Master of Arts in Linguistics: Forensic Linguistics
Professor Leonard, Director of Linguistics Programs
Linguistics is the systematic, scientific study of language. "Forensic" linguistics refers to linguistics applied to any use of language with legal relevance. The MA in Linguistics: Forensic Linguistics is designed to meet a growing demand for advanced training in scientific language analysis.
At Hofstra, a student trains first and foremost to become a linguist and learn the core tools and competencies—including phonetics, phonology, morphology, syntax, semantics, pragmatics, discourse analysis, corpus linguistics, dialectology, and sociolinguistics—that serve as the base of linguistics. Unlike other linguistics programs, real life illustrations and teaching examples are, wherever possible, drawn from forensic applications—often from the extensive array of law cases originally consulted on by the Hofstra faculty.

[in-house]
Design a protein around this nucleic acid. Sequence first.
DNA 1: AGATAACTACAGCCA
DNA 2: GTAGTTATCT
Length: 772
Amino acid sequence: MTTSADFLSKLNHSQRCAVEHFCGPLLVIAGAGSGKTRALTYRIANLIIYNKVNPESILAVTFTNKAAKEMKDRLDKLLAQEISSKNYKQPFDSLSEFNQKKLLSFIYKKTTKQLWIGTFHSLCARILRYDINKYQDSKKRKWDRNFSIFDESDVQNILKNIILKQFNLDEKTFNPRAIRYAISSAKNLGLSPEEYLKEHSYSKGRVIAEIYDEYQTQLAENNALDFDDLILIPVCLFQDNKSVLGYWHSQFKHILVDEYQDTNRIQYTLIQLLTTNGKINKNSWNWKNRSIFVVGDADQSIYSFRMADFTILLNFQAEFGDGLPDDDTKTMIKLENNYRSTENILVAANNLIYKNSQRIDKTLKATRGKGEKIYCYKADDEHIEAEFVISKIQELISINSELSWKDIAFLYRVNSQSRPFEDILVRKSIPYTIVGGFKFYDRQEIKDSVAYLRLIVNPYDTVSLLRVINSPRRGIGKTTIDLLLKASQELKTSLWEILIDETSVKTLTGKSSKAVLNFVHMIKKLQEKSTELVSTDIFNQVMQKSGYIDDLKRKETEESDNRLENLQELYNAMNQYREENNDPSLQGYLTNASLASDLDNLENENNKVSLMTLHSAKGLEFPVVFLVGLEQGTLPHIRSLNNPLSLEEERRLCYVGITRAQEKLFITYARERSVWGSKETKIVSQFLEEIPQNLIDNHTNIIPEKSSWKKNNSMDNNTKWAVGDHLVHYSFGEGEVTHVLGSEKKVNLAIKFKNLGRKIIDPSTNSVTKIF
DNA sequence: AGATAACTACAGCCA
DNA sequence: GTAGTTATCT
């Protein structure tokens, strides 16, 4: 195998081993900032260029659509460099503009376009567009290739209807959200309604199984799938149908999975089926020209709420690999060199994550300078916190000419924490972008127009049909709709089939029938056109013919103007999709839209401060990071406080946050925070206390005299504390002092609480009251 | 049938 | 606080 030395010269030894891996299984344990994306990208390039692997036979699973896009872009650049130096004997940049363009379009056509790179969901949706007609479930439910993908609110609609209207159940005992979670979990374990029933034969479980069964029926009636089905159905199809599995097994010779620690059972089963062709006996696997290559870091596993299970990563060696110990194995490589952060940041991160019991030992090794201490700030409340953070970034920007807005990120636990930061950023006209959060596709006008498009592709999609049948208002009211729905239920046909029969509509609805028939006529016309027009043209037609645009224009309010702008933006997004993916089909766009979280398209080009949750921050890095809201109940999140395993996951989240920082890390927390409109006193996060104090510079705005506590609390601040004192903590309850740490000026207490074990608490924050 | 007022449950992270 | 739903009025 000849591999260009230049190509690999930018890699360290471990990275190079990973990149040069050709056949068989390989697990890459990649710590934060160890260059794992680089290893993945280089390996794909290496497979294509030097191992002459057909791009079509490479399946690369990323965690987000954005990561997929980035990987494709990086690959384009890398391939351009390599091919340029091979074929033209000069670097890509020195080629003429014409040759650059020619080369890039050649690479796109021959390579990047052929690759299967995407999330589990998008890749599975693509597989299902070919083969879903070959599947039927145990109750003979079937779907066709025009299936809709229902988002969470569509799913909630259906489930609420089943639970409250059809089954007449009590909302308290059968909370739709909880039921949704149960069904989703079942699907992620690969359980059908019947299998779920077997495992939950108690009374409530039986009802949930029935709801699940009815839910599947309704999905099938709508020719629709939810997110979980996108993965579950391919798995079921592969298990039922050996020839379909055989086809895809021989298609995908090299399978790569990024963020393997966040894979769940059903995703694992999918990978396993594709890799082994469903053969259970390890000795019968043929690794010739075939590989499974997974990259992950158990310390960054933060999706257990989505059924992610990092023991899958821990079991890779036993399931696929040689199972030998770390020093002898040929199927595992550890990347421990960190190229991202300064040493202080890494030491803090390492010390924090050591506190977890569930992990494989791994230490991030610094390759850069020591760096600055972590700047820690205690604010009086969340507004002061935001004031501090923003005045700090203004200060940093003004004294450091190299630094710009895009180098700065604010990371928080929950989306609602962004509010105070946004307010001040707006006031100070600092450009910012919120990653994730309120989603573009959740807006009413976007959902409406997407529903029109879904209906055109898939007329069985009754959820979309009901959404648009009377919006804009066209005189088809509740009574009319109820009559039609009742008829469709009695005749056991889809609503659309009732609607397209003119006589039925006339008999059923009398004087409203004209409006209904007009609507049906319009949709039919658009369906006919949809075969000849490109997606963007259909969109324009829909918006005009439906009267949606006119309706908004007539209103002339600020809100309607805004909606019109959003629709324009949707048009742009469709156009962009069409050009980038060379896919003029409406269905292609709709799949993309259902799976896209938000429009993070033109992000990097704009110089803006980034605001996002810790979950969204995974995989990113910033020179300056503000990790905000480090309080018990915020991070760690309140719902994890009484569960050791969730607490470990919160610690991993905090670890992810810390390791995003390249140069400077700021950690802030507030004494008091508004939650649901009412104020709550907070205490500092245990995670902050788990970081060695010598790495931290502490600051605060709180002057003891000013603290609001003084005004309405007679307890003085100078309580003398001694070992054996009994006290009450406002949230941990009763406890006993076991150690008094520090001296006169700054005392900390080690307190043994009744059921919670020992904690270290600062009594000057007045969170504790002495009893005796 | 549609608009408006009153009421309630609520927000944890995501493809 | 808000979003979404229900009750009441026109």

Advanced courses explore the specific application of linguistic science to cases involving criminal activity of all kinds, including extortion, bribery, murder, espionage, weapons of mass destruction, as well as to civil cases of trademark protection, the meaning of contracts and statutes, and defamation. Students learn to critique common interrogation procedures from a linguistic point of view and learn how to perform analyses that investigate the authorship of different sets of documents. In short, while they learn the science of linguistics, they also learn how to apply it to a multiplicity of issues in the real world—in this case, the legal arena.
There are no spaces available for the Fall 2017 semester. We are currently accepting applications for Fall 2018.
Press queries please contact Mrs. Mary Milana at Mary.K.Milana[at]hofstra.edu tel (516) 463-3834.
Regarding the Forensic Linguistics Capital Case Innocence Project, please be aware that internships with the Project are reserved for enrolled internship students. We appreciate very much that people are kind enough to want to volunteer; however, we are unfortunately required to limit the spaces to enrolled Hofstra students.
Hear from a Student
Working as a Forensic Linguistics Expert